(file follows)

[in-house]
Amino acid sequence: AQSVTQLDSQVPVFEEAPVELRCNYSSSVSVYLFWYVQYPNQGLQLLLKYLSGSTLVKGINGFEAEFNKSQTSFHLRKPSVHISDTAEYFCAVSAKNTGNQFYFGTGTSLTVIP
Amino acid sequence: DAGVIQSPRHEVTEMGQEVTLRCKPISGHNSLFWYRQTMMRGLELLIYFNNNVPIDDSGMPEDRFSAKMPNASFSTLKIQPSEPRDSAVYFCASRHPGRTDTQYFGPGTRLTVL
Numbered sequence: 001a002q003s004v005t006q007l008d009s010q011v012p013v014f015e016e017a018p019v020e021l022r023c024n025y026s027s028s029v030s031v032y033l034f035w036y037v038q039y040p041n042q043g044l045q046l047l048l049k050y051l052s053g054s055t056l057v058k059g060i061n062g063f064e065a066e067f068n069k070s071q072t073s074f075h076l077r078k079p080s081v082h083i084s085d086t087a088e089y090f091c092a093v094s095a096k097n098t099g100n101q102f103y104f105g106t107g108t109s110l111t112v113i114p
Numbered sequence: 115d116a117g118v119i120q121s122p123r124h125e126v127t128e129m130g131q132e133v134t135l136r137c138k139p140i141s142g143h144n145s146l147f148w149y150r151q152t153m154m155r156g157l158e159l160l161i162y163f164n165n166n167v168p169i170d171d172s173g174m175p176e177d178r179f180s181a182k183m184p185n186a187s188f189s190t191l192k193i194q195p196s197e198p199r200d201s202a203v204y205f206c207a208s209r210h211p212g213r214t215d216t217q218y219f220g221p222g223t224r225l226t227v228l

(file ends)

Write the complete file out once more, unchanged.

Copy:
[in-house]
Amino acid sequence: AQSVTQLDSQVPVFEEAPVELRCNYSSSVSVYLFWYVQYPNQGLQLLLKYLSGSTLVKGINGFEAEFNKSQTSFHLRKPSVHISDTAEYFCAVSAKNTGNQFYFGTGTSLTVIP
Amino acid sequence: DAGVIQSPRHEVTEMGQEVTLRCKPISGHNSLFWYRQTMMRGLELLIYFNNNVPIDDSGMPEDRFSAKMPNASFSTLKIQPSEPRDSAVYFCASRHPGRTDTQYFGPGTRLTVL
Numbered sequence: 001a002q003s004v005t006q007l008d009s010q011v012p013v014f015e016e017a018p019v020e021l022r023c024n025y026s027s028s029v030s031v032y033l034f035w036y037v038q039y040p041n042q043g044l045q046l047l048l049k050y051l052s053g054s055t056l057v058k059g060i061n062g063f064e065a066e067f068n069k070s071q072t073s074f075h076l077r078k079p080s081v082h083i084s085d086t087a088e089y090f091c092a093v094s095a096k097n098t099g100n101q102f103y104f105g106t107g108t109s110l111t112v113i114p
Numbered sequence: 115d116a117g118v119i120q121s122p123r124h125e126v127t128e129m130g131q132e133v134t135l136r137c138k139p140i141s142g143h144n145s146l147f148w149y150r151q152t153m154m155r156g157l158e159l160l161i162y163f164n165n166n167v168p169i170d171d172s173g174m175p176e177d178r179f180s181a182k183m184p185n186a187s188f189s190t191l192k193i194q195p196s197e198p199r200d201s202a203v204y205f206c207a208s209r210h211p212g213r214t215d216t217q218y219f220g221p222g223t224r225l226t227v228l